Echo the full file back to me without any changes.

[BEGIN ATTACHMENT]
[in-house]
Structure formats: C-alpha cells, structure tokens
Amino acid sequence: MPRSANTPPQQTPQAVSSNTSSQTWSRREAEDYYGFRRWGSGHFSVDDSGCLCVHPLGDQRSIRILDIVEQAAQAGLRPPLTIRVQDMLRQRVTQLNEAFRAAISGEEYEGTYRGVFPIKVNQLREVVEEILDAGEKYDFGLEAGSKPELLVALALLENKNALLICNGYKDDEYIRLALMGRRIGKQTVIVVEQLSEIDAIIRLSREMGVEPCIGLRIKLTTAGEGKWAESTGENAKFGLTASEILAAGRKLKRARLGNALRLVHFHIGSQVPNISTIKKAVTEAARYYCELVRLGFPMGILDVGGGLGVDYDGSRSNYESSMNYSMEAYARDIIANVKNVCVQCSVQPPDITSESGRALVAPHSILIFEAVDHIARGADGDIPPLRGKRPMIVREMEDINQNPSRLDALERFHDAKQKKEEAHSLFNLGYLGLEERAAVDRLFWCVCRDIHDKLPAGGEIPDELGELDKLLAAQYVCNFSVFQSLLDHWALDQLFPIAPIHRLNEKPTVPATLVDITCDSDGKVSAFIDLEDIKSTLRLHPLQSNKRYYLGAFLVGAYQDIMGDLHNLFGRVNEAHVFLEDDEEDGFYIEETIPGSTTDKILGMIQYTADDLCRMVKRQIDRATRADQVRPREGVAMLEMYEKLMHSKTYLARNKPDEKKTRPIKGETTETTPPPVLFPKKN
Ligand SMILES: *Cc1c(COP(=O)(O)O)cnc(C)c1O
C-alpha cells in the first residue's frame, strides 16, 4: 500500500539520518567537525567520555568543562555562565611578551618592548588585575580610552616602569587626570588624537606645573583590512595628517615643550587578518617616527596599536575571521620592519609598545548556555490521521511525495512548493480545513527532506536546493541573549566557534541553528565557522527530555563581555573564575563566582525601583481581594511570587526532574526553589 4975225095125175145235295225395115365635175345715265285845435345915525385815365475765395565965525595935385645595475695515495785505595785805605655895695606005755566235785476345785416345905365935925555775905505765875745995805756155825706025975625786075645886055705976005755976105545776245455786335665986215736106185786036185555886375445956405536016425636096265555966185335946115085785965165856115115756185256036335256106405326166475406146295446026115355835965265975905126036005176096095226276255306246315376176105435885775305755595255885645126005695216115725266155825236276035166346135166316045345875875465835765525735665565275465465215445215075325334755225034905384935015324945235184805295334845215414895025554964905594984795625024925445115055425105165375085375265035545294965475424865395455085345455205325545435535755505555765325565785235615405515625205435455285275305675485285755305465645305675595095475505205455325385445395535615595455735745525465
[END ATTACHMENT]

[in-house]
Structure formats: C-alpha cells, structure tokens
Amino acid sequence: MPRSANTPPQQTPQAVSSNTSSQTWSRREAEDYYGFRRWGSGHFSVDDSGCLCVHPLGDQRSIRILDIVEQAAQAGLRPPLTIRVQDMLRQRVTQLNEAFRAAISGEEYEGTYRGVFPIKVNQLREVVEEILDAGEKYDFGLEAGSKPELLVALALLENKNALLICNGYKDDEYIRLALMGRRIGKQTVIVVEQLSEIDAIIRLSREMGVEPCIGLRIKLTTAGEGKWAESTGENAKFGLTASEILAAGRKLKRARLGNALRLVHFHIGSQVPNISTIKKAVTEAARYYCELVRLGFPMGILDVGGGLGVDYDGSRSNYESSMNYSMEAYARDIIANVKNVCVQCSVQPPDITSESGRALVAPHSILIFEAVDHIARGADGDIPPLRGKRPMIVREMEDINQNPSRLDALERFHDAKQKKEEAHSLFNLGYLGLEERAAVDRLFWCVCRDIHDKLPAGGEIPDELGELDKLLAAQYVCNFSVFQSLLDHWALDQLFPIAPIHRLNEKPTVPATLVDITCDSDGKVSAFIDLEDIKSTLRLHPLQSNKRYYLGAFLVGAYQDIMGDLHNLFGRVNEAHVFLEDDEEDGFYIEETIPGSTTDKILGMIQYTADDLCRMVKRQIDRATRADQVRPREGVAMLEMYEKLMHSKTYLARNKPDEKKTRPIKGETTETTPPPVLFPKKN
Ligand SMILES: *Cc1c(COP(=O)(O)O)cnc(C)c1O
C-alpha cells in the first residue's frame, strides 16, 4: 500500500539520518567537525567520555568543562555562565611578551618592548588585575580610552616602569587626570588624537606645573583590512595628517615643550587578518617616527596599536575571521620592519609598545548556555490521521511525495512548493480545513527532506536546493541573549566557534541553528565557522527530555563581555573564575563566582525601583481581594511570587526532574526553589 4975225095125175145235295225395115365635175345715265285845435345915525385815365475765395565965525595935385645595475695515495785505595785805605655895695606005755566235785476345785416345905365935925555775905505765875745995805756155825706025975625786075645886055705976005755976105545776245455786335665986215736106185786036185555886375445956405536016425636096265555966185335946115085785965165856115115756185256036335256106405326166475406146295446026115355835965265975905126036005176096095226276255306246315376176105435885775305755595255885645126005695216115725266155825236276035166346135166316045345875875465835765525735665565275465465215445215075325334755225034905384935015324945235184805295334845215414895025554964905594984795625024925445115055425105165375085375265035545294965475424865395455085345455205325545435535755505555765325565785235615405515625205435455285275305675485285755305465645305675595095475505205455325385445395535615595455735745525465